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Assessing walkable urbanism in Toronto, Part Three.

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Nov. 20th, 2010 | 05:04 pm
mood: workingAmerica's hat
music: Girl Talk - Steady Shock | Powered by Last.fm

Everyday spaces from my tourist gaze.


Standing on the green roof of Toronto City Hall

Look within for more photos of lived urban spaces as a first-time visitor experienced them.




Baby's first passport stamp

Continuing from Parts One and Two, these are my closing thoughts on my October visit to Toronto.

This was my first trip to Toronto, and indeed my first trip out of the U.S. so I wanted to take in all that was different and all that was, well, not. I stayed in a cookie-cutter Hilton Garden Inn, so regrettably that experience wasn't very interesting. But I fared better than some of my classmates, who grabbed whatever hostel rooms they could find and ended up with little sleep and terrifying stories to tell (though for most things were just fine).


"Clock tower" at Don Mills Centre. The models are of actual homes built in the surrounding neighborhoods, which contain a large contingent of retired architects. There is a certain amount of whimsy programmed into commercial spaces there that was sort of nice to see, even if it's still programmed space.



Space defined by parking. Don Mills Centre. I didn't include more photos of this "outdoor lifestyle center" because it looks just about the same as any other mall.



Grocery store in office building atrium



"Old" city hall, still in use for some municipal business but mostly a fancy building.



"New" city hall towers. Sigh.



Outer wall of City Hall



Cuttings from the exterior walls used in the flooring



Ang at City Hall. Follow the patterns.



View from the green roof (which is on the second floor, not at the top of those towers, because that's the largest part of the building footprint).



Green roof tour









These benches appear throughout the perimeter of the roof, and are designed so that one is always in the shade. Or something like that.



Me in front of the Council Chambers. Green roof all around us.






I've included so many green roof photos in this entry because the designer repeatedly emphasized that this space is open to anyone, and the city wants people to use it, in contrast to the highly securitized space in the "square" in front of the building. That space is designed to be "prickly," so you don't feel comfortable enough to stay long. In the spirit of use, the benches on the roof have apparently become a popular post-dusk makeout spot for teenagers. :]



Ontario Government building under renovation. Might I recommend sawing off some of those corners?



Clever design for stone bollards


In order to get a good sense of these spaces, I would've enjoyed having more time to explore unaided, to see how the everyday experience really goes. But as far as enormous cities go, I liked what I saw of Toronto and I think it has promise to be improved as it grows. In that spirit, I'm hoping I can get back here next year, possibly for Pride. :]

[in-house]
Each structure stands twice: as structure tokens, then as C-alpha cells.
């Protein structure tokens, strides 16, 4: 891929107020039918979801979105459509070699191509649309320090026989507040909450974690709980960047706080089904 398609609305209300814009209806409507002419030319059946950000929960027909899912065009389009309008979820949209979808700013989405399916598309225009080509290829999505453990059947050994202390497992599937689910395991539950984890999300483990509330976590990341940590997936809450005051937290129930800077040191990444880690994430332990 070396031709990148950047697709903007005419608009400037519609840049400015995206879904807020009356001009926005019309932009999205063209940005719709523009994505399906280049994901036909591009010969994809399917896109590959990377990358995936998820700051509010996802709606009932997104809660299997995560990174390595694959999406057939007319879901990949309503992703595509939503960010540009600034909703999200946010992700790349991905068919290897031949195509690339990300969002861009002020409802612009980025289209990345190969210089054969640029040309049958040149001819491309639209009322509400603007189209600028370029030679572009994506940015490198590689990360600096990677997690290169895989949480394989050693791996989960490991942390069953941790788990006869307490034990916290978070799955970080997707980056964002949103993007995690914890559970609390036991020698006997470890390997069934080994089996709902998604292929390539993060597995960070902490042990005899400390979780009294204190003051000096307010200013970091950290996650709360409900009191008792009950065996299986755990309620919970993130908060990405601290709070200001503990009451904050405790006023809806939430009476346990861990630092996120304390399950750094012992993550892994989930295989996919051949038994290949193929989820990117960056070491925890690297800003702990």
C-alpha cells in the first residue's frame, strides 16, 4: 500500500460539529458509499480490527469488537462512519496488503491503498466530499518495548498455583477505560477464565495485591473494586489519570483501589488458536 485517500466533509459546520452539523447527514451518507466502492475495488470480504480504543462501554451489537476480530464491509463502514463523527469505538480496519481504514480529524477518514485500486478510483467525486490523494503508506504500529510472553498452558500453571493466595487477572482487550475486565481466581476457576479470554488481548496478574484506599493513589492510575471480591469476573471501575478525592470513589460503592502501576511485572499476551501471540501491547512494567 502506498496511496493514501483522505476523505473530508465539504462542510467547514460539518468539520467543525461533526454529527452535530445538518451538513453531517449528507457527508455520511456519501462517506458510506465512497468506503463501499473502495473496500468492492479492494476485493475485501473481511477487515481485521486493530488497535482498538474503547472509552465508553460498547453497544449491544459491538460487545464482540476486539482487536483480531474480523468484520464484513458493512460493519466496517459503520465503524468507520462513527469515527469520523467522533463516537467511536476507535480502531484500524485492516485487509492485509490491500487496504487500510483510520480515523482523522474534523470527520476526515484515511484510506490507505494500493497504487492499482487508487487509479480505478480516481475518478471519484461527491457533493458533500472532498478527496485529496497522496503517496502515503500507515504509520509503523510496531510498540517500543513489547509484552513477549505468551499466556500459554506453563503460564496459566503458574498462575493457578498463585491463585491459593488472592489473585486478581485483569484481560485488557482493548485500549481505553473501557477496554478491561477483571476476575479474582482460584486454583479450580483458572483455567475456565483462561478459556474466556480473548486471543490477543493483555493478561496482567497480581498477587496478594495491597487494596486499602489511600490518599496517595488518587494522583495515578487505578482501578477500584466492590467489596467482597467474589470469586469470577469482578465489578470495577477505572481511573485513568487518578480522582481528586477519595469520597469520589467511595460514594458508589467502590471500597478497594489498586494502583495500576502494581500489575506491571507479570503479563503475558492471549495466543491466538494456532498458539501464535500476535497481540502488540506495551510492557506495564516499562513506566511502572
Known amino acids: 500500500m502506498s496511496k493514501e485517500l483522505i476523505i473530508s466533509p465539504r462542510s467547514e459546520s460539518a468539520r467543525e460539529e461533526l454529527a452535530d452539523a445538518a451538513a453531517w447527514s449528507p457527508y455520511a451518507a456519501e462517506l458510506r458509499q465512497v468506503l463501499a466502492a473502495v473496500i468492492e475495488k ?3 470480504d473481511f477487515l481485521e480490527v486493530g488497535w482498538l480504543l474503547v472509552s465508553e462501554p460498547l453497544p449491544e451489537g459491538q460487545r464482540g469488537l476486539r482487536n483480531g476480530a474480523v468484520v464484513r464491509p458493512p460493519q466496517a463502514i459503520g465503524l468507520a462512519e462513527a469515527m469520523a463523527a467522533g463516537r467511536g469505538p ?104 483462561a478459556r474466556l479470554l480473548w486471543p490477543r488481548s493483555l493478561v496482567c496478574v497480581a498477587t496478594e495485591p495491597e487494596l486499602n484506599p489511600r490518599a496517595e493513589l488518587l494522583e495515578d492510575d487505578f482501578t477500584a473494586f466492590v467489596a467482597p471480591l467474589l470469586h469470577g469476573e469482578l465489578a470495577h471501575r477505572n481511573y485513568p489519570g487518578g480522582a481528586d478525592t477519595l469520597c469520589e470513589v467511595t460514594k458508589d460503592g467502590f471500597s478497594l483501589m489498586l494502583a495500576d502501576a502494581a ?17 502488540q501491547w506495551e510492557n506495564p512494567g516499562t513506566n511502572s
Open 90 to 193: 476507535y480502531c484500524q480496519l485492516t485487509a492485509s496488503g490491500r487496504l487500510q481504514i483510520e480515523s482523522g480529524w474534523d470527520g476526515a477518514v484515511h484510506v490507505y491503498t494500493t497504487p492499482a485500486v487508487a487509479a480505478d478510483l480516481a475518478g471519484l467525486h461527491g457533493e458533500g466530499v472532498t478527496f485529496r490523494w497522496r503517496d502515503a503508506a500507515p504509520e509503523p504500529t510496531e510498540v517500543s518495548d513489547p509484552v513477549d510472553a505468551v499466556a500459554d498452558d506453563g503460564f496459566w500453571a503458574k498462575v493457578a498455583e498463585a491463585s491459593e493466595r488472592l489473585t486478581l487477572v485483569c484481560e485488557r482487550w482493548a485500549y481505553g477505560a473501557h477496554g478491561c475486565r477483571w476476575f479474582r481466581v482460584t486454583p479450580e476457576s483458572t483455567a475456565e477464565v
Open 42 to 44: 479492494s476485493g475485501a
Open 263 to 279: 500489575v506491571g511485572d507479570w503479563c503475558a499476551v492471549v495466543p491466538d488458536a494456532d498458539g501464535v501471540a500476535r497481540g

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Comments {3}

mark

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from: kishenehn
date: Nov. 20th, 2010 11:50 pm (UTC)
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1. I have such mixed feelings about that new City Hall. It would be perfect if it were in some isolated, inaccessible spot where it could only be viewed from a distance ... that way, one could admire the brilliant concept of it without actually having to interact with the damn thing.

2. Next time you head north, aim for Montreal instead!

3. You know I have to say it: you're adorable in that photo. :)

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jonathan

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from: silverthief2
date: Nov. 21st, 2010 07:34 am (UTC)
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Green roof or not, I have only one type of feeling for it: loathing. :P

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mark

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from: kishenehn
date: Nov. 21st, 2010 02:42 pm (UTC)
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Buildings like that are becoming a major issue in my line of work. Their fans are starting to want them protected as historic monuments -- many of them are approaching 50 years of age, which is when historic designation is typically first considered -- but the rest of us hate them, and realize how bad they are for communities and architectural landscapes.

I'm just grateful that the style has fallen from favor, and they're not building stuff like that anymore!

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